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NOTE: Depending on the size of your datasets, a cross join can greatly expand the size of the output, which may increase costs in some environments.

Self Join

A self join is a join operation between a dataset and a copy of itself. For example, you can use a self-join to invert the structure of hierarchical data, such as brand-product or manager-employee.

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 supports joins between a recipe and any upstream recipe or dataset. 

    • You cannot join a recipe to itself.
    • You can join it to its source imported dataset. When a self-join is performed with a recipe connected to its source dataset, only one line connects the imported dataset with the recipe in Flow View. This is as designed.
    • You can join a recipe to any recipe upstream of it. Examples:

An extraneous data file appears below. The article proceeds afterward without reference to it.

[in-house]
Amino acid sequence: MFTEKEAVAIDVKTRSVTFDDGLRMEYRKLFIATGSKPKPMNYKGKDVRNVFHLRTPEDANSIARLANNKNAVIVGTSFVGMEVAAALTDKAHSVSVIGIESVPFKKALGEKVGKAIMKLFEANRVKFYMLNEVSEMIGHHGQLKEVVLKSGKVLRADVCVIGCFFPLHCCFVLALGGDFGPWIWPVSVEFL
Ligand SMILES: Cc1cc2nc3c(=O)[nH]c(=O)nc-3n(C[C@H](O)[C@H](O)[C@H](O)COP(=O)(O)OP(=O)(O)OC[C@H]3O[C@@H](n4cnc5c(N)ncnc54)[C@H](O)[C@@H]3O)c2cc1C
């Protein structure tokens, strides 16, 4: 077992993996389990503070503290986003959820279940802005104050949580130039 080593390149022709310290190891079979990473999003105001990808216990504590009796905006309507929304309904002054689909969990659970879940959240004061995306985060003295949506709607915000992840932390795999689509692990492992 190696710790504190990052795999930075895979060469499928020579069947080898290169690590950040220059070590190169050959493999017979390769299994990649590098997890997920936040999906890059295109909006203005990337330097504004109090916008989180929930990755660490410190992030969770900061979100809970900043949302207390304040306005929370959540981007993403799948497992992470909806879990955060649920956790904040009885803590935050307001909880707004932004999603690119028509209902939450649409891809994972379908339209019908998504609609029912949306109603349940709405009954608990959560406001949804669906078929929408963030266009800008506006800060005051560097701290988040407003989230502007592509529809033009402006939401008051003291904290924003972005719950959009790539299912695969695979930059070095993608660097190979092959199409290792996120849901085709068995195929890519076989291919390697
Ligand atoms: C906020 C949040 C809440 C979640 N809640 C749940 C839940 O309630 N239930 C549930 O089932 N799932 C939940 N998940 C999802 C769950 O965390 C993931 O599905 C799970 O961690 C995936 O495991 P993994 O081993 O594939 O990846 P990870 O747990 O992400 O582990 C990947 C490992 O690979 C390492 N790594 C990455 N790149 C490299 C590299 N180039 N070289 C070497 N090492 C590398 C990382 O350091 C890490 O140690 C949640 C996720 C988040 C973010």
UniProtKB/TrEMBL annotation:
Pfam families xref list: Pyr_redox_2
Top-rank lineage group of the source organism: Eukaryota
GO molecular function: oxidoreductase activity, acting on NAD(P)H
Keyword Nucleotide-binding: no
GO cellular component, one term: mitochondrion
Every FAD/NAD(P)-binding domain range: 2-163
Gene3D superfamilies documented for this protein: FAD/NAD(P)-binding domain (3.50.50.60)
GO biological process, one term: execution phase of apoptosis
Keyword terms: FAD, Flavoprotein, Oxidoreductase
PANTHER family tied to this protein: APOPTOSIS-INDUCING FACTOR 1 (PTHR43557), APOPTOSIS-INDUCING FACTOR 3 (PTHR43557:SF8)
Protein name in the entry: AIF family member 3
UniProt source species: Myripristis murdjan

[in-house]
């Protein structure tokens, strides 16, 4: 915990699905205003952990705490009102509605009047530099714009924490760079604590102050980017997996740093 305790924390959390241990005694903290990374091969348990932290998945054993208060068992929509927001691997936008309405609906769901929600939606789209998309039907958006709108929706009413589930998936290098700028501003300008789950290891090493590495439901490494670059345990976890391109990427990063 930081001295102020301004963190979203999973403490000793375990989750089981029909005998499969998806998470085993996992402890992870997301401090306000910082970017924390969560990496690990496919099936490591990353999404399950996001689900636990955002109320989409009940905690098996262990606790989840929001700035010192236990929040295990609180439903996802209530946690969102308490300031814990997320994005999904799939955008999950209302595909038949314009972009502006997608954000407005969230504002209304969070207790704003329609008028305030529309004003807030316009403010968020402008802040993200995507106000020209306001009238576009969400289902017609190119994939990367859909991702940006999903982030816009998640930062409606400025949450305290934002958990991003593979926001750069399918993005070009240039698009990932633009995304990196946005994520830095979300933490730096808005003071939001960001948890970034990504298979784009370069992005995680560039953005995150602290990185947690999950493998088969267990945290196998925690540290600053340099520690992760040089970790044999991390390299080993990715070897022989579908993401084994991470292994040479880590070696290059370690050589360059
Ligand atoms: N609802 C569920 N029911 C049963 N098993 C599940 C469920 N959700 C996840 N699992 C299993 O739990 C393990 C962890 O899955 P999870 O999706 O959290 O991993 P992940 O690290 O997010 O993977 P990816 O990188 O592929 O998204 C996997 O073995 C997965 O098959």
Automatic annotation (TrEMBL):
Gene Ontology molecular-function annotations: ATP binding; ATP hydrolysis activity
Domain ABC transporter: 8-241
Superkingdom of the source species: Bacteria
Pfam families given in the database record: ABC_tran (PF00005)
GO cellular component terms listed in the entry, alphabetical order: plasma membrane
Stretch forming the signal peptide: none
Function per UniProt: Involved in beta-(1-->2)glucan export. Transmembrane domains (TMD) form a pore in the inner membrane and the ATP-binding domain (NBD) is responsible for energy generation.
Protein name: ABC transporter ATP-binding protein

• You can create an empty recipe after the recipe from which you wish to self-join. In this new empty recipe, you add the join step back to the original recipe.
      • You can insert an empty recipe between an imported dataset and the recipe where the self-join is performed. When you perform the self join in the first recipe, you join to the empty recipe you just created in between. 
      • In both examples, you can see multiple lines in Flow View to indicate the self-join. See Flow View Page.

Joins Together

The following diagram summarizes the relationships between the types of supported joins. In each venn diagram, the area of intersection is the set of records that contain shared key values.


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Join Types